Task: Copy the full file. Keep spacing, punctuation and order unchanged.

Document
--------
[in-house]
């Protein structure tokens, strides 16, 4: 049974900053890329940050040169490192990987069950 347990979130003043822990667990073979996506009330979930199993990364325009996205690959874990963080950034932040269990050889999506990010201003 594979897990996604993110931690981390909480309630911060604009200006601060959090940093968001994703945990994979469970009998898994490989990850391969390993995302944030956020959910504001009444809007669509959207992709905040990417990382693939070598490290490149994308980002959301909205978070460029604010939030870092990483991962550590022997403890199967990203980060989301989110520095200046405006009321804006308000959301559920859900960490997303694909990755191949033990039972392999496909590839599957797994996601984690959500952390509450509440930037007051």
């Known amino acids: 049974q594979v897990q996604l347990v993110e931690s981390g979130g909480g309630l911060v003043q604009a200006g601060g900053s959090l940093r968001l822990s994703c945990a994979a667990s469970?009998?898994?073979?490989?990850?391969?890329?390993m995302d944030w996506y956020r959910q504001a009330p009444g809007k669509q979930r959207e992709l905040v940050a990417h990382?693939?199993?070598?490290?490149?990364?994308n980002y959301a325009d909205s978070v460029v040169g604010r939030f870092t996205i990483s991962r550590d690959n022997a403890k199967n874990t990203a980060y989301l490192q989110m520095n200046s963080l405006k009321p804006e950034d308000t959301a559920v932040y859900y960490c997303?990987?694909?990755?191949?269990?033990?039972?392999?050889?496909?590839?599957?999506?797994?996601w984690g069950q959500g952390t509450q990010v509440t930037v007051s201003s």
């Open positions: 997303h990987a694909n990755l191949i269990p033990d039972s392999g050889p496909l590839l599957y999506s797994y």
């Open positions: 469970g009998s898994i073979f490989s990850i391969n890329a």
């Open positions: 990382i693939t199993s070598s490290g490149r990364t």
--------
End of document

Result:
[in-house]
């Protein structure tokens, strides 16, 4: 049974900053890329940050040169490192990987069950 347990979130003043822990667990073979996506009330979930199993990364325009996205690959874990963080950034932040269990050889999506990010201003 594979897990996604993110931690981390909480309630911060604009200006601060959090940093968001994703945990994979469970009998898994490989990850391969390993995302944030956020959910504001009444809007669509959207992709905040990417990382693939070598490290490149994308980002959301909205978070460029604010939030870092990483991962550590022997403890199967990203980060989301989110520095200046405006009321804006308000959301559920859900960490997303694909990755191949033990039972392999496909590839599957797994996601984690959500952390509450509440930037007051």
């Known amino acids: 049974q594979v897990q996604l347990v993110e931690s981390g979130g909480g309630l911060v003043q604009a200006g601060g900053s959090l940093r968001l822990s994703c945990a994979a667990s469970?009998?898994?073979?490989?990850?391969?890329?390993m995302d944030w996506y956020r959910q504001a009330p009444g809007k669509q979930r959207e992709l905040v940050a990417h990382?693939?199993?070598?490290?490149?990364?994308n980002y959301a325009d909205s978070v460029v040169g604010r939030f870092t996205i990483s991962r550590d690959n022997a403890k199967n874990t990203a980060y989301l490192q989110m520095n200046s963080l405006k009321p804006e950034d308000t959301a559920v932040y859900y960490c997303?990987?694909?990755?191949?269990?033990?039972?392999?050889?496909?590839?599957?999506?797994?996601w984690g069950q959500g952390t509450q990010v509440t930037v007051s201003s």
């Open positions: 997303h990987a694909n990755l191949i269990p033990d039972s392999g050889p496909l590839l599957y999506s797994y």
């Open positions: 469970g009998s898994i073979f490989s990850i391969n890329a």
């Open positions: 990382i693939t199993s070598s490290g490149r990364t």